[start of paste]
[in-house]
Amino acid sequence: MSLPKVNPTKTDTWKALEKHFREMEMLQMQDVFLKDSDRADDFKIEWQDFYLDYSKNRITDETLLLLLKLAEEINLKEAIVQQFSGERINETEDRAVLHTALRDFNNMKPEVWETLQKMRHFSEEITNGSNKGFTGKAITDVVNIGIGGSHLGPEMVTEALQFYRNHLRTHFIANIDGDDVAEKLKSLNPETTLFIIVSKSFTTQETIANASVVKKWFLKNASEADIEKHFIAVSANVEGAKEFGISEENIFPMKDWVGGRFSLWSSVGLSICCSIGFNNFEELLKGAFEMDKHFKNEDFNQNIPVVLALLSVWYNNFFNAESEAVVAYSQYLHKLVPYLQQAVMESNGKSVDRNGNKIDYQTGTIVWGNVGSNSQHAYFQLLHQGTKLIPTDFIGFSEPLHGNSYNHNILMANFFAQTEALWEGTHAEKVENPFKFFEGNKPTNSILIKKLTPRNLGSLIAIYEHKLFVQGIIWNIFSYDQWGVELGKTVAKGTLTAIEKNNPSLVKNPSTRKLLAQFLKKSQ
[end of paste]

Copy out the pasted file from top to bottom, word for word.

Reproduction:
[in-house]
Amino acid sequence: MSLPKVNPTKTDTWKALEKHFREMEMLQMQDVFLKDSDRADDFKIEWQDFYLDYSKNRITDETLLLLLKLAEEINLKEAIVQQFSGERINETEDRAVLHTALRDFNNMKPEVWETLQKMRHFSEEITNGSNKGFTGKAITDVVNIGIGGSHLGPEMVTEALQFYRNHLRTHFIANIDGDDVAEKLKSLNPETTLFIIVSKSFTTQETIANASVVKKWFLKNASEADIEKHFIAVSANVEGAKEFGISEENIFPMKDWVGGRFSLWSSVGLSICCSIGFNNFEELLKGAFEMDKHFKNEDFNQNIPVVLALLSVWYNNFFNAESEAVVAYSQYLHKLVPYLQQAVMESNGKSVDRNGNKIDYQTGTIVWGNVGSNSQHAYFQLLHQGTKLIPTDFIGFSEPLHGNSYNHNILMANFFAQTEALWEGTHAEKVENPFKFFEGNKPTNSILIKKLTPRNLGSLIAIYEHKLFVQGIIWNIFSYDQWGVELGKTVAKGTLTAIEKNNPSLVKNPSTRKLLAQFLKKSQ